Newman University professors receive promotion

Apr 26, 2018
Newman University

There are three levels of professorship, and ascending to the next level is no easy feat. Receiving a promotion can take years, along with providing proof of not only engaging teaching methods but also a display of scholarship and service.

Several professors recently received promotions, which confirms their dedication to enhancing the academic caliber of Newman.

The three positions of a professor are assistant, associate and full.

Professors begin in an assistant capacity — usually on the tenure track but not always — during a probationary period.

The timing of promotion from assistant to associate professor varies, but the time frame is usually more than five years. After the predetermined time has passed, the assistant professor can apply and be evaluated for promotion/and or tenure.

One of the professors who received a promotion, along with being granted tenure, Huachuan Wen, Ph.D., promoted to associate professor of education, said, “My colleagues both inside and outside my own department showed enthusiastic support to me in their recommendation letters, and my colleagues at the Faculty Evaluation Committee unanimously approved my application for promotion and tenure. All of these made me feel thrilled and humbled. I felt my hard work for our students and Newman community was recognized and rewarded.”

Tenure is usually associated with a permanent position. The professor who holds tenure has proven themselves to be a valuable asset to the university and is therefore rewarded with not only an essentially permanent position but also more leeway in the avenues they may pursue in their academic research.

Wen said, “Tenure is an academic honor to me and most college faculty. Personally, I feel it is a great encouragement for me to extend and expand my research, which will reciprocally better inform my teaching.”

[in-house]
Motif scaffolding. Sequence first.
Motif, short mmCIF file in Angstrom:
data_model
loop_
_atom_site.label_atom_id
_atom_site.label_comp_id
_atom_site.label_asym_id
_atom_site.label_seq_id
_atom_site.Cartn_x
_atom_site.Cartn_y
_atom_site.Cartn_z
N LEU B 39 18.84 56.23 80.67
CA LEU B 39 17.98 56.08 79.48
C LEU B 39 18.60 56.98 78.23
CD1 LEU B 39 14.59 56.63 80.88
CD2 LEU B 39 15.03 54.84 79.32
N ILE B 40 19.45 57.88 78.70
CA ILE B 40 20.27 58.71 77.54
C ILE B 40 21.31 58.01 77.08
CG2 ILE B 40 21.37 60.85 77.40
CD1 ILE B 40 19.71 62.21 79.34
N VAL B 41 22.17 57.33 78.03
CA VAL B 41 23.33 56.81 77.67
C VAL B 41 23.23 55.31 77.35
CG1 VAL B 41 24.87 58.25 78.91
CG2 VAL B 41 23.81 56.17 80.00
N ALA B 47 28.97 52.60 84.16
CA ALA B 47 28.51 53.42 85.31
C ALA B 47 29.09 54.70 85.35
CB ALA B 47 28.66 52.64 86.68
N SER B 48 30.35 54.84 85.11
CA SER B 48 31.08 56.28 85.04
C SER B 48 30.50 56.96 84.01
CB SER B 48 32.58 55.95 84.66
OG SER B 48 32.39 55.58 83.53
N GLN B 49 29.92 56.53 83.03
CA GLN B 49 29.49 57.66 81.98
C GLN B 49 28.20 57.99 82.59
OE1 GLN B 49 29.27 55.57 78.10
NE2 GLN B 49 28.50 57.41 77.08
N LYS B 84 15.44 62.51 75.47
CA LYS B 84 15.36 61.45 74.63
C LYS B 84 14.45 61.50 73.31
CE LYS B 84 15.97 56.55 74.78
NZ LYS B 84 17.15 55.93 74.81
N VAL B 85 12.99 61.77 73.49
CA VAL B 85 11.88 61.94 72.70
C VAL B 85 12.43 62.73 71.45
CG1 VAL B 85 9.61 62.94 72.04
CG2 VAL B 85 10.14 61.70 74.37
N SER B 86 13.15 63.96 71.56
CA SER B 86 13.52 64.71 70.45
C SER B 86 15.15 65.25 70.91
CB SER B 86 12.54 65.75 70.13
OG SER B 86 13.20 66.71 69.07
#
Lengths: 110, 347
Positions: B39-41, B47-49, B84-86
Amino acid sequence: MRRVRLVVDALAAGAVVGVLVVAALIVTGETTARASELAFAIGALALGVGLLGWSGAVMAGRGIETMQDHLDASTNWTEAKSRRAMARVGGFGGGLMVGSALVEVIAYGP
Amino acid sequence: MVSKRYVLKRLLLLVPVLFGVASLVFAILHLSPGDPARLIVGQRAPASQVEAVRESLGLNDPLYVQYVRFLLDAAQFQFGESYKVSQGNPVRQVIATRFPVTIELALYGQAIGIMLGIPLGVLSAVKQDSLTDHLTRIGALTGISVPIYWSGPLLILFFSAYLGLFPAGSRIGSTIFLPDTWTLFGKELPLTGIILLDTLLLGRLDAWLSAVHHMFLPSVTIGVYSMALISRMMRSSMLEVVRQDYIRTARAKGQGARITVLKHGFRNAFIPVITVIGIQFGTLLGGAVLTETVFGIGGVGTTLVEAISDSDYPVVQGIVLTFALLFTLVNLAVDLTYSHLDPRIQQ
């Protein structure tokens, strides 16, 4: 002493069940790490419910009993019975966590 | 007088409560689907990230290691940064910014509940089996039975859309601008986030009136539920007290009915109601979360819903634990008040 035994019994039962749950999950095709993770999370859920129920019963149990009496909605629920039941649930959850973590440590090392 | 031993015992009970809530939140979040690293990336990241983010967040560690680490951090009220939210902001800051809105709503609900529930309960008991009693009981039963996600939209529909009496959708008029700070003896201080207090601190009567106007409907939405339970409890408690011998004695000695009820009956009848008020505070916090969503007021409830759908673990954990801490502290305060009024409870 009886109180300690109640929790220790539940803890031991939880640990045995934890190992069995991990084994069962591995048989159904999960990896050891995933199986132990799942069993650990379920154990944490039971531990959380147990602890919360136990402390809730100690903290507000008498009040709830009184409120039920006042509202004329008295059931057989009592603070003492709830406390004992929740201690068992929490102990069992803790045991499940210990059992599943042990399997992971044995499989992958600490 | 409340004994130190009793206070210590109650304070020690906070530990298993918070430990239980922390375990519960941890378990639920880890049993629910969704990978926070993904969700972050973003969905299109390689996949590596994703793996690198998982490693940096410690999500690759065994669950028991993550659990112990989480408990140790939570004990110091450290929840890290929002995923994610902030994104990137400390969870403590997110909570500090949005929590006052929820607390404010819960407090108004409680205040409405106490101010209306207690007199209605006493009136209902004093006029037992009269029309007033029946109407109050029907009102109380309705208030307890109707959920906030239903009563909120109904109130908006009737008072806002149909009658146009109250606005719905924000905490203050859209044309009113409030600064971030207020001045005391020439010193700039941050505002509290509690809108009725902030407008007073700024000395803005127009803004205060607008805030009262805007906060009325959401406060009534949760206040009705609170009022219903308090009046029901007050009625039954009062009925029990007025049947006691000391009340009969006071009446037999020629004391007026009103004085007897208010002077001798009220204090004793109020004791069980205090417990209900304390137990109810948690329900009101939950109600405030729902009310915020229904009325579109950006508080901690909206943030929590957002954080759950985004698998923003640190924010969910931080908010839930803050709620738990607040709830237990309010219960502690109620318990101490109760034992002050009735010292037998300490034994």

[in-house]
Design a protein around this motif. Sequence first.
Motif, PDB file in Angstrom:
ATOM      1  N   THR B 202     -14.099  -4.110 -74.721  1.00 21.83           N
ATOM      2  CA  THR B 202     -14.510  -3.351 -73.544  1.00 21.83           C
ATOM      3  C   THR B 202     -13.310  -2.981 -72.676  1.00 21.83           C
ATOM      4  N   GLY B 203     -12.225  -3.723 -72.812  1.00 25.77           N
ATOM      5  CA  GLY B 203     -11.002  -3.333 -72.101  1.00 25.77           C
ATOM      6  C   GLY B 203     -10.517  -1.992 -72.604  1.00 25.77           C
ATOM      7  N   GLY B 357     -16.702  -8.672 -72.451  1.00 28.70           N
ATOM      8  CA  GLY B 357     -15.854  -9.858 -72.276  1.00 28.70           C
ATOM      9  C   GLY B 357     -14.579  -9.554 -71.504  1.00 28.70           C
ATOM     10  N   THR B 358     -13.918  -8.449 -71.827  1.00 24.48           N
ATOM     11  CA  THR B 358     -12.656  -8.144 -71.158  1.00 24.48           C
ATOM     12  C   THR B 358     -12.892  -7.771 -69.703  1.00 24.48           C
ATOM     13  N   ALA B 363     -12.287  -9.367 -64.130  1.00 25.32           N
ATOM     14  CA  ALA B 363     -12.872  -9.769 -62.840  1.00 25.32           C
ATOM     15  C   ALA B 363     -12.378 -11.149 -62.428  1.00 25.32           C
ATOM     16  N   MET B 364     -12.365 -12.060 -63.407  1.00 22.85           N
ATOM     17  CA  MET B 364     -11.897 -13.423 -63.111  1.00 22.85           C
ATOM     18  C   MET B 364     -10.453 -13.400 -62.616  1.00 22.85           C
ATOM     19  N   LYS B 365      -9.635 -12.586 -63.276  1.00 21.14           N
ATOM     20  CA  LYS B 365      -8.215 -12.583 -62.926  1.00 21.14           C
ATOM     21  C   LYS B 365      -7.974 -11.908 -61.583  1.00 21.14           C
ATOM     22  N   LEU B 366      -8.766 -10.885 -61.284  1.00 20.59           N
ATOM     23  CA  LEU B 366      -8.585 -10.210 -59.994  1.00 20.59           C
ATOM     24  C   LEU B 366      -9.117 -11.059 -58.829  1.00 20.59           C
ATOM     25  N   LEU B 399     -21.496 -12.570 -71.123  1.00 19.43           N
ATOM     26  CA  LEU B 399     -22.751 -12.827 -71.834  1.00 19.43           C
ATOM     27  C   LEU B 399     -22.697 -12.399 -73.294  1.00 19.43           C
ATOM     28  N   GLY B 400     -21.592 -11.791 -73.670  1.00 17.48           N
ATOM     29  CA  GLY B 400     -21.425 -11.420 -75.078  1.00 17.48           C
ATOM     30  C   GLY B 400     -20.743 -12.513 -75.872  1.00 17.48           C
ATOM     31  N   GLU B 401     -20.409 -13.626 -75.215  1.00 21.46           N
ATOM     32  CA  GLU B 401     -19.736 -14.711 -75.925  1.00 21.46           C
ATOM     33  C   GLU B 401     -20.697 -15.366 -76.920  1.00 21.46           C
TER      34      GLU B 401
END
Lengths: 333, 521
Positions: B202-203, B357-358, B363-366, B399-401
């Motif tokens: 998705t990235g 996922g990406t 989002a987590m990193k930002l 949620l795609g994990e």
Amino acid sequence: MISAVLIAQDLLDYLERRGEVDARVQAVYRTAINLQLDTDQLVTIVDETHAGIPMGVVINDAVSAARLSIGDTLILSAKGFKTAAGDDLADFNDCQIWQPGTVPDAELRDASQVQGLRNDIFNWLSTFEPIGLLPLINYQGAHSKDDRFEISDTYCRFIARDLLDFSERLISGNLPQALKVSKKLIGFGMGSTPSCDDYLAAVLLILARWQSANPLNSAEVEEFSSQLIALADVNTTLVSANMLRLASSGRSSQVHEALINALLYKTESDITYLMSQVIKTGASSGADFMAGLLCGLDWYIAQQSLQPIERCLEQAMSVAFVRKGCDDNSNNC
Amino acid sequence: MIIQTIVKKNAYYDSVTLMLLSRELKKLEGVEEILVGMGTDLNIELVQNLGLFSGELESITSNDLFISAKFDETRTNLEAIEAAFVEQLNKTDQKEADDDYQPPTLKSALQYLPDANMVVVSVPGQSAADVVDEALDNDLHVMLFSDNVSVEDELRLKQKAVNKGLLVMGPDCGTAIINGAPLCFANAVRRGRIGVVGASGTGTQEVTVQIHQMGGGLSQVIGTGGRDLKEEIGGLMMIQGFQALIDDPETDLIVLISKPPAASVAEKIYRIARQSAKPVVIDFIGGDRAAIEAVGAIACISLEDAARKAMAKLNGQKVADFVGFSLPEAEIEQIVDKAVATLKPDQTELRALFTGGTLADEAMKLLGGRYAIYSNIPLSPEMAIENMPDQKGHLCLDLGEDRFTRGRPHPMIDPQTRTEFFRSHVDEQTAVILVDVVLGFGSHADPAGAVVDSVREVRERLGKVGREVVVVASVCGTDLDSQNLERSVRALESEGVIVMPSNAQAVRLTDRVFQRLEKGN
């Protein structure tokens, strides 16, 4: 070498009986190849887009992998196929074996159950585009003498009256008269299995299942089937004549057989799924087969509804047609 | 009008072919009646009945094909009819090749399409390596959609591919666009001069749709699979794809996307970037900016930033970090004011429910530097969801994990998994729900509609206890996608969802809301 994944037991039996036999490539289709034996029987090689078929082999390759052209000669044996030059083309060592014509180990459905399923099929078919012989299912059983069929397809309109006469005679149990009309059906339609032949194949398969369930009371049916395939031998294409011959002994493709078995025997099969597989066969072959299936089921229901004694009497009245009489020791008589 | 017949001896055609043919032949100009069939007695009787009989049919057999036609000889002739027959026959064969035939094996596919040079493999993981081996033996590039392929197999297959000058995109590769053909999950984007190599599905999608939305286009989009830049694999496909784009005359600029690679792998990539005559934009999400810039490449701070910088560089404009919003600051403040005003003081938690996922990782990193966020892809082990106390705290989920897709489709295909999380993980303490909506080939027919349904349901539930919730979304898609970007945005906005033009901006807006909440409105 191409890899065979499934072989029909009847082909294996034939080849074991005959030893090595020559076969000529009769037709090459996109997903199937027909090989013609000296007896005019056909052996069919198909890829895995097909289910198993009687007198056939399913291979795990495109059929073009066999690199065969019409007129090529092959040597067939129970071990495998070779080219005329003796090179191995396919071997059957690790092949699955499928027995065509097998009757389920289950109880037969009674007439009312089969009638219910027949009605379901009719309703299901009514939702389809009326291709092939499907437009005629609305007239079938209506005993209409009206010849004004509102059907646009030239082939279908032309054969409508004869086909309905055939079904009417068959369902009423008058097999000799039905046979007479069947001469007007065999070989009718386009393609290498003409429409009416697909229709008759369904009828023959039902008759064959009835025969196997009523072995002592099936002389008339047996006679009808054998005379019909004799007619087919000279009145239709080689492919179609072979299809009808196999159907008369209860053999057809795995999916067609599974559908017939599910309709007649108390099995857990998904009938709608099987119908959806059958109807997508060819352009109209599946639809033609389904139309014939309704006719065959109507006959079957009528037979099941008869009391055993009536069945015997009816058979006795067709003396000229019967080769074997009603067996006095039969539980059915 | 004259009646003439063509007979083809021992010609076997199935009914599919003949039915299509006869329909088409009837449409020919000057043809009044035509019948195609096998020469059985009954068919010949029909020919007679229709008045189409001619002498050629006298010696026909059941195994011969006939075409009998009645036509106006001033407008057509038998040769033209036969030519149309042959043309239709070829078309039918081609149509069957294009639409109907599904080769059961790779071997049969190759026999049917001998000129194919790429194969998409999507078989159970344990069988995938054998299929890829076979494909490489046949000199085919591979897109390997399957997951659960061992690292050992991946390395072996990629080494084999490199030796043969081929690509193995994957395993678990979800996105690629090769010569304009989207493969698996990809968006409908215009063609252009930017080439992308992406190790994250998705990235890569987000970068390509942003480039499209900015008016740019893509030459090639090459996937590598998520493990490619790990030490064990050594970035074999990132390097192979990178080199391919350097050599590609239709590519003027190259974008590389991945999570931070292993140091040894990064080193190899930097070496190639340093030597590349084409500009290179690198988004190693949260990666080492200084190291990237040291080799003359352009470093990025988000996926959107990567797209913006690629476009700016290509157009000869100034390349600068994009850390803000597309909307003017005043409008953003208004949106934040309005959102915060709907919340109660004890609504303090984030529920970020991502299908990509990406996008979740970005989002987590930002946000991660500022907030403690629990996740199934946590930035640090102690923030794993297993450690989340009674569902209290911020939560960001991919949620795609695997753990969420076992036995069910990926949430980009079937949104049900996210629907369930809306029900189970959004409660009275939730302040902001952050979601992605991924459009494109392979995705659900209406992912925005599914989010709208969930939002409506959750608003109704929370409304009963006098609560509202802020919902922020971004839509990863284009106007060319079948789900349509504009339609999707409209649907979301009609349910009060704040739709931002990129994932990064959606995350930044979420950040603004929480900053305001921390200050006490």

Professor of Theology John McCormick, Ph.D., explained the process for the promotion of a professor at Newman University.

A professor must prepare a portfolio that shows evidence that they meet the criteria outlined in the faculty handbook. The criteria include “demonstrating academic performance in the areas of teaching, scholarship and service, as well as the ability to communicate clearly and constructively how the faculty member has modeled the institutional mission.”

The portfolio includes course evaluations, a faculty professional activity inventory and self-evaluation form, faculty development plans, evaluation and recommendation letters from supervisors as well as additional letters of support from faculty, staff and students. All of the documentation is evaluated in light of the criteria for promotion.

McCormick noted, “Of course, the process really begins much earlier, when faculty dedicate themselves to quality teaching, service and scholarship and demonstrate that commitment over the course of time.”

Once the portfolio is prepared, it is then submitted to the Faculty Evaluation Committee, comprising faculty members who review and then submit it to the provost. The provost decides for or against promotion and then the Board of Trustees make the final decision.

Typically, promotions take effect in August of the following school year.

The following Newman University professors received promotions:

  • Jill Fort, Ph.D., promoted to full professor
  • Barry Koch, Ph.D., promoted to full professor
  • Barbara Sponsel, Ph.D., promoted to full professor
  • Ryan Huschka, Ph.D., promoted to associate professor and granted tenure
  • Huachuan Wen, Ph.D., promoted to associate professor and granted tenure
  • Margo Wagner, promoted from instructor to assistant professor